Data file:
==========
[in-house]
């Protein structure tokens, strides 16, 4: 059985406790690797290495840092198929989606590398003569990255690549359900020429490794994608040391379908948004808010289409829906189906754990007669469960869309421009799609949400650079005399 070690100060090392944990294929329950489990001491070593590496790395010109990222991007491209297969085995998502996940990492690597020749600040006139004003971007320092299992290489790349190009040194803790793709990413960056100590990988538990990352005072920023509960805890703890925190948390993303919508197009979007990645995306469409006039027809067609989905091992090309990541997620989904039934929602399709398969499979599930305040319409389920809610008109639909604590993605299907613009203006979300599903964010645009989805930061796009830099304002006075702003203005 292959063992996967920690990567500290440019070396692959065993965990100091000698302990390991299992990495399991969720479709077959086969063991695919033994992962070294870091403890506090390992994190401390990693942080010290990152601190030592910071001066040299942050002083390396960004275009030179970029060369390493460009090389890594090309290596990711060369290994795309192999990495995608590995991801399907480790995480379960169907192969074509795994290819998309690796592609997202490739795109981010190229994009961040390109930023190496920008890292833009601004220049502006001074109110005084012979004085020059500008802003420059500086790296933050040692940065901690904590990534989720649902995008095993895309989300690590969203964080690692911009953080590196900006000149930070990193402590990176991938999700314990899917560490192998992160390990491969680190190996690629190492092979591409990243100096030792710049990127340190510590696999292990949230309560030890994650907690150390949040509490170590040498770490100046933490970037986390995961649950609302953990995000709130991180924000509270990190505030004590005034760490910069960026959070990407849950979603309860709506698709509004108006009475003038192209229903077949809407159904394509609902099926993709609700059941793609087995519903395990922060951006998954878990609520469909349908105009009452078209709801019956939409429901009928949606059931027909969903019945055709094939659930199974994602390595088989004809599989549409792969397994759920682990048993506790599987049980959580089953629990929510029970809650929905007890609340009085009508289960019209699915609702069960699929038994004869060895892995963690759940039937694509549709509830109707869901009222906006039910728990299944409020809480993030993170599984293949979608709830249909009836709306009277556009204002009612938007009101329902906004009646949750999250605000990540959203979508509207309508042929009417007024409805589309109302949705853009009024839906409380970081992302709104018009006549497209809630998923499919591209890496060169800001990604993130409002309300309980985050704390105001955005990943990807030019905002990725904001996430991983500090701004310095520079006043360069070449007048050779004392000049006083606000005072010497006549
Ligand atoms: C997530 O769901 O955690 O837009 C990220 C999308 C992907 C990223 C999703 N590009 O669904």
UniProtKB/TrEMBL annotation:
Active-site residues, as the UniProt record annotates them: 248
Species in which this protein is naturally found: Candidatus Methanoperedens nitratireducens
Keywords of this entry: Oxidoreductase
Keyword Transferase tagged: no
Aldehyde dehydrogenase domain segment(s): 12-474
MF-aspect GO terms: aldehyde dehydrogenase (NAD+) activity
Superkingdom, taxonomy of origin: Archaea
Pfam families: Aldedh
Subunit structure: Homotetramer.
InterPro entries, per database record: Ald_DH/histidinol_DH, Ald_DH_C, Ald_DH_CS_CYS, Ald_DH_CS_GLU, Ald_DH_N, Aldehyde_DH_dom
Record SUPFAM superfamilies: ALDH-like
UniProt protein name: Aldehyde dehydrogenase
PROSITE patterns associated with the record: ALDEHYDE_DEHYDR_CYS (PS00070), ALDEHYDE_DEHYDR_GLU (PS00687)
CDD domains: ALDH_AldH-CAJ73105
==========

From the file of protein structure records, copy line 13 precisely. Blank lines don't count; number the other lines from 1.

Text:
Subunit structure: Homotetramer.